Even so, the Nationals' bullpen kept the deficit at one run the rest of the afternoon and gave the lineup ample opportunities to push across another run or two. Those runs never materialized, though, in large part because of the inability of the Nationals' most-accomplished hitters to produce in key situations.

Johnson's 3-through-6 hitters in this game (Ryan Zimmerman, LaRoche, Michael Morse and Ian Desmond) went a combined 0-for-16 with five strikeouts.

The club isn't all that concerned about LaRoche, who was among the league's most-productive hitters for six weeks until falling into his recent slide, or Morse, who will need some time to find his swing after missing the season's first two months.

The disturbing one among the group is Zimmerman, who has yet to find a level of consistency since returning from a shoulder injury one month ago. In 38 total games now, the 27-year-old third baseman is batting .233 with a paltry .333 slugging percentage.

To put that into context: The slap-hitting Lombardozzi boasts a slugging percentage 67 points higher than the club's 100 million No. 3 hitter, who insists the problem isn't his shoulder.

"I just stink right now," Zimmerman said. "It's frustrating. It's frustrating. Shoulder is fine. Everything is good. ... It's definitely not what I wanted to do to start this season but I can't do anything about it now. Just gotta keep working hard and continue to grind it out."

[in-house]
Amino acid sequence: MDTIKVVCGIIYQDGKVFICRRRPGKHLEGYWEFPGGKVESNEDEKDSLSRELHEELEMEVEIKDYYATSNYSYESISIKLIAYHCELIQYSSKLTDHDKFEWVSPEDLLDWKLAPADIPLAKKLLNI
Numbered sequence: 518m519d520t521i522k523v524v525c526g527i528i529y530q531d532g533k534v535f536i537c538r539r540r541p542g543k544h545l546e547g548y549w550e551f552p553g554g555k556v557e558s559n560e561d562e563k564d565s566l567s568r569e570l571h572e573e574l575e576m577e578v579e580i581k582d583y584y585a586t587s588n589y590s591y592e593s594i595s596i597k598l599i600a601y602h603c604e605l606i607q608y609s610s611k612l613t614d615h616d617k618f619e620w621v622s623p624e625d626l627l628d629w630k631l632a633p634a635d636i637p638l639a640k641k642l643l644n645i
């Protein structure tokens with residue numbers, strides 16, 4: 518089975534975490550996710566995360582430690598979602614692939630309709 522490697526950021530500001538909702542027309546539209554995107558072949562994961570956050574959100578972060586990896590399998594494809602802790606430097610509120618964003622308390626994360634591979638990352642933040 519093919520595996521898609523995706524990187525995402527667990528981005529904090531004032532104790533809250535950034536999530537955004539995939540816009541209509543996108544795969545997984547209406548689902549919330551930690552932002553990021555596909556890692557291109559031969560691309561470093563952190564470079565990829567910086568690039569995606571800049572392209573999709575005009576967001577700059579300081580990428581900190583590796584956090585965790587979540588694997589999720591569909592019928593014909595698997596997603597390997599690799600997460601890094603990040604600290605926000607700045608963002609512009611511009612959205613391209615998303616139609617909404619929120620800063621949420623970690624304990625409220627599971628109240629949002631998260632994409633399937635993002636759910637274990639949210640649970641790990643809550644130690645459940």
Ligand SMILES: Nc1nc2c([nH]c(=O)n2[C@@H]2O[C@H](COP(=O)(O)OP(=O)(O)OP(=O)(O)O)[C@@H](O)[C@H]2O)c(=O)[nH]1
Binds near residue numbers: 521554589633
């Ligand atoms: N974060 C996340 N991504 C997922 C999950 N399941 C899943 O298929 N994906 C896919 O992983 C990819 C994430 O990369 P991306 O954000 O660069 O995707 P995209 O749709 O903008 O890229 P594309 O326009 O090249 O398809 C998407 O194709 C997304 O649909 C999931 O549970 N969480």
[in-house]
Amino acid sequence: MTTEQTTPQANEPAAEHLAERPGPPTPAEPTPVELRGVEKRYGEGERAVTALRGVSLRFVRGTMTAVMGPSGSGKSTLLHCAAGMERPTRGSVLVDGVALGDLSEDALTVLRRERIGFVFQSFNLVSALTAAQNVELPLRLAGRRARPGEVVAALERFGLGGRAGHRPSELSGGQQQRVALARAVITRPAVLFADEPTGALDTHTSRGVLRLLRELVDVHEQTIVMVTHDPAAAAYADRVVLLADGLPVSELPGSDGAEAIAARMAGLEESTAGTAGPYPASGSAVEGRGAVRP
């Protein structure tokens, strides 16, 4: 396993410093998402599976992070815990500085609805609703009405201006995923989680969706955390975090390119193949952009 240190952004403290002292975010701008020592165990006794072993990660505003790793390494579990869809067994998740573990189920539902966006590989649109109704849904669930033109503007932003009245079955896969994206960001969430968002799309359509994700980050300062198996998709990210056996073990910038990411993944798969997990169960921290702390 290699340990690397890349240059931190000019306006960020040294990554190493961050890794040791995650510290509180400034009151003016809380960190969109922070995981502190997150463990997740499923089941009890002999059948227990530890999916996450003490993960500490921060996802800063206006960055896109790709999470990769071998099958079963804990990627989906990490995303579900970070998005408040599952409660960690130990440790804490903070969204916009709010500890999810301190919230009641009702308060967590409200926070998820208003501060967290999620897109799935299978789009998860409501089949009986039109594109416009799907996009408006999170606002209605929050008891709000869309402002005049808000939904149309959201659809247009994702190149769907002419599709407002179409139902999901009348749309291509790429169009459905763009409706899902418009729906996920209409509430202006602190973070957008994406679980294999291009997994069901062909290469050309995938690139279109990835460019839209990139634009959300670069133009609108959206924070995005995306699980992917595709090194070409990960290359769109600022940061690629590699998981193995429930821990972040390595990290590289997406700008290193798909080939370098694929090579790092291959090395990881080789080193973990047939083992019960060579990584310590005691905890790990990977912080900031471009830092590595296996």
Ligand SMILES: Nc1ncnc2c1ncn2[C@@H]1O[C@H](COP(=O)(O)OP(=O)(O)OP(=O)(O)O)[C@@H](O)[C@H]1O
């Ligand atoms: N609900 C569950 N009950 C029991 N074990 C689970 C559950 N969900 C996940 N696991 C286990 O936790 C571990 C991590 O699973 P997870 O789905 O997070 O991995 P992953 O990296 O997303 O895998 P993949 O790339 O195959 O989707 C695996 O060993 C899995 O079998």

The stage was set for Zimmerman to snap out of his funk and deliver one of his biggest hits of the year when Lombardozzi and Harper each drew walks to open the bottom of the eighth. But after battling back from an 0-2 count against Braves left-hander Eric O'Flaherty, Zimmerman rapped a groundball to second, a tailor-made, 4-6-3 double play that killed the rally.

LaRoche followed with a flyout to the warning track in left, ending the inning altogether.

And when Atlanta closer Craig Kimbrel struck out the side in the ninth, a very winnable game was officially a 3-2 loss for a club that is facing some serious questions about the lack of production it's getting from its most experienced hitters.

"I don't think we need to sweat the middle of that lineup," LaRoche said. "I know it needs to happen now, but I think if we continue to stay patient, there's some pretty good hitters in there that are going to figure it out. But it would be nice to be doing it all at once and see what we could really do."

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Will Mike Rizzo continue to shape the Nationals? The Junkies believe he's too valuable to lose

Will Mike Rizzo continue to shape the Nationals? The Junkies believe he's too valuable to lose

Bryce Harper, Daniel Murphy, Gio Gonzalez and Matt Wieters aren't the only important guys within the Nationals organization becoming free agents in 2019.

President of baseball operations and general manager Mike Rizzo is also becoming a free agent when his contract expires on October 31st.

In the final year of his five-year contract, the 57-year old is set to make $2.5 million.

RELATED: HOWIE KENDRICK RETURNING TO NATIONALS